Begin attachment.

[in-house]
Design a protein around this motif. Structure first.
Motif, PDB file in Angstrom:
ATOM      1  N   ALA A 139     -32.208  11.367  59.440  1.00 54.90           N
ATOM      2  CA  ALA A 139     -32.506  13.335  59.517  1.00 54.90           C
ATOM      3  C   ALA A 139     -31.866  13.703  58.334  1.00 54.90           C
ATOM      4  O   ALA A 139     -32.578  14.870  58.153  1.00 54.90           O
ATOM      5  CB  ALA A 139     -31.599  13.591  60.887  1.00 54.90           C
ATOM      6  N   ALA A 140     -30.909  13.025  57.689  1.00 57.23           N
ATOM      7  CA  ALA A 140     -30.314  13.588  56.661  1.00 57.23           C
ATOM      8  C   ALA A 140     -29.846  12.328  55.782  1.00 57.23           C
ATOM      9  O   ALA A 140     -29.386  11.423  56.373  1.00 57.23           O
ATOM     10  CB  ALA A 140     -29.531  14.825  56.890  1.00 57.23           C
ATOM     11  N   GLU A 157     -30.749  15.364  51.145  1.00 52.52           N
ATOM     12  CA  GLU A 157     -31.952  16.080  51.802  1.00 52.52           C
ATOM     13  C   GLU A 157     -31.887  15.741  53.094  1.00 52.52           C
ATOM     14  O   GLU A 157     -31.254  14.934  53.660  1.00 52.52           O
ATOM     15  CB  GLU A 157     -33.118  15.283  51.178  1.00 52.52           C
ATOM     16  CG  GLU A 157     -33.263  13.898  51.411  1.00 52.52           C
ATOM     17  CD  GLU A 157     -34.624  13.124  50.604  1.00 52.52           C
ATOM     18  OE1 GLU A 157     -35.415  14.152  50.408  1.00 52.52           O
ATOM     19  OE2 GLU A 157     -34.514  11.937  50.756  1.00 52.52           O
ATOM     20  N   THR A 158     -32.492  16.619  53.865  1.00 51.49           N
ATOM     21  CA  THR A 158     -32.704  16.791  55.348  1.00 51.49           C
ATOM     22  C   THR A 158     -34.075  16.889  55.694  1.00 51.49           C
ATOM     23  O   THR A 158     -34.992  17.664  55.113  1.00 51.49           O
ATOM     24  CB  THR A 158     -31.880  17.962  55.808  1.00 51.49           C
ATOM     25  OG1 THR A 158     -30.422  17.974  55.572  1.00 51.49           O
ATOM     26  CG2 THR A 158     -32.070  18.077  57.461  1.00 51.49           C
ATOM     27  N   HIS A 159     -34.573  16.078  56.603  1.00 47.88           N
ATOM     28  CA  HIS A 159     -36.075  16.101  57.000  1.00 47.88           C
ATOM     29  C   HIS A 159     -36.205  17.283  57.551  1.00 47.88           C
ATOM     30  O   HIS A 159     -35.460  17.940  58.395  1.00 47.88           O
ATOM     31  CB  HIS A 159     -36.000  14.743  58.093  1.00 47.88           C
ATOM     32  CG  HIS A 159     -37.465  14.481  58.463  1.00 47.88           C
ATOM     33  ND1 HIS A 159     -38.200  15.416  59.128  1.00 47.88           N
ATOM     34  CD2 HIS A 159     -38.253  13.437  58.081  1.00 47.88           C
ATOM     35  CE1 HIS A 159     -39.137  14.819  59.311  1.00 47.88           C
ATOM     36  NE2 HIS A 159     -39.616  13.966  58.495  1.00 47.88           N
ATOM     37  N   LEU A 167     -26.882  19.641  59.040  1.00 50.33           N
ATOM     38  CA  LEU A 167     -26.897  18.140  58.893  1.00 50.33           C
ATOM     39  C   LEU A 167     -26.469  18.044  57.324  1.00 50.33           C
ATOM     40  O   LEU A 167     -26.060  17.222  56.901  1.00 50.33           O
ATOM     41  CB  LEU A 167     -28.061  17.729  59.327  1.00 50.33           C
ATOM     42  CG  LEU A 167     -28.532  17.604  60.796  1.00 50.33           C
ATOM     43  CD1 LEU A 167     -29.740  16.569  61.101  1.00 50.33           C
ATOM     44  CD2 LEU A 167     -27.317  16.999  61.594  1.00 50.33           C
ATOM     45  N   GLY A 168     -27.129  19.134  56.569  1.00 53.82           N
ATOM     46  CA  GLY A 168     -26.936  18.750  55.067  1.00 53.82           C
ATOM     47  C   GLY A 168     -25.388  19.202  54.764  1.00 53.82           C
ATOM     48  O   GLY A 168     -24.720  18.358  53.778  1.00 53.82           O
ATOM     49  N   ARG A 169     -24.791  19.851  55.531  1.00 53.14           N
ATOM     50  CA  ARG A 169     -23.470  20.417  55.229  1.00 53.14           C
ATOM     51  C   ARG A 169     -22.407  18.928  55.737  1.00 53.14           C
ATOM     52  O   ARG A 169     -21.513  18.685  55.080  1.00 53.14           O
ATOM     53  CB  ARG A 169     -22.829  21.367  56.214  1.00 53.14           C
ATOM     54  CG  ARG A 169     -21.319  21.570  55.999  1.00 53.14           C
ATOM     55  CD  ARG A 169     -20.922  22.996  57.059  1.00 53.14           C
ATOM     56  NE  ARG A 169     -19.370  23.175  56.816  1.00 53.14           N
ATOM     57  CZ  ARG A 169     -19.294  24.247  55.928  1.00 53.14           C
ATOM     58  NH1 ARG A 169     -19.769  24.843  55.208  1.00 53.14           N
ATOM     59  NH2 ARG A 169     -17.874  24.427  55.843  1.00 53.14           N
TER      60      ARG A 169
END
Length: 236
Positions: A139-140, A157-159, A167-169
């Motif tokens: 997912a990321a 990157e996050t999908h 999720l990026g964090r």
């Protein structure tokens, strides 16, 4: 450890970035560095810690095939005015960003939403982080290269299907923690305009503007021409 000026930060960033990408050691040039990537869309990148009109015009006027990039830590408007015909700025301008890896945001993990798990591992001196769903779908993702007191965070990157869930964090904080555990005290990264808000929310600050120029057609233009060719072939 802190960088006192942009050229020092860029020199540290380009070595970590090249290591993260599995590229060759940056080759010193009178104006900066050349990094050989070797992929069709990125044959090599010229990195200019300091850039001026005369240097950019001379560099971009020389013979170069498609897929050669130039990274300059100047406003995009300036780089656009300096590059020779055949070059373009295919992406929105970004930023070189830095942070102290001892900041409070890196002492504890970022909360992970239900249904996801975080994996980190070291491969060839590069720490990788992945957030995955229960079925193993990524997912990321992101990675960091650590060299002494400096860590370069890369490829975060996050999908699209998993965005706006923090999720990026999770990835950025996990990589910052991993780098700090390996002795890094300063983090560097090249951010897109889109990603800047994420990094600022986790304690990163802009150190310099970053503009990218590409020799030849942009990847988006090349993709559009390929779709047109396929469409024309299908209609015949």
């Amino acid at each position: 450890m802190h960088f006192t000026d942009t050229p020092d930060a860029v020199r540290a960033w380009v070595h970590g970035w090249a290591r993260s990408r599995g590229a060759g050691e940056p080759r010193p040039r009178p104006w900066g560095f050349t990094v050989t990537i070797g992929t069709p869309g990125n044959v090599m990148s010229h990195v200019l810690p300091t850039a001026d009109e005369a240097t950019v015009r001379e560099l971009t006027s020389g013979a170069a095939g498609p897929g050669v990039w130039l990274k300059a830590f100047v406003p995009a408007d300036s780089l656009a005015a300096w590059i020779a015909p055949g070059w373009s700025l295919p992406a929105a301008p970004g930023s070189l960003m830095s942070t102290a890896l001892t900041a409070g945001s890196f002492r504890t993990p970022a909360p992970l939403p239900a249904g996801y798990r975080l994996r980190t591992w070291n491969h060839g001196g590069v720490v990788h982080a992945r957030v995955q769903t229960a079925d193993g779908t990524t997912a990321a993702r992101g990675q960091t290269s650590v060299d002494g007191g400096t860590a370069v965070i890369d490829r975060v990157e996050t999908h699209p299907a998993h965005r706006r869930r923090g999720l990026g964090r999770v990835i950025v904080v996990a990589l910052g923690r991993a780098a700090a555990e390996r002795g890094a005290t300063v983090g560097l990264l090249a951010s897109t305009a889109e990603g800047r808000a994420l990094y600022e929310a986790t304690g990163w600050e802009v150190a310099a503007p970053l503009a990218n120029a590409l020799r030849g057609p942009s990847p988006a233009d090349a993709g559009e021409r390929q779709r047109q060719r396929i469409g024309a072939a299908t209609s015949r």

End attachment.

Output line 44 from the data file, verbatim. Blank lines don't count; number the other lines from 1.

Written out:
ATOM     41  CB  LEU A 167     -28.061  17.729  59.327  1.00 50.33           C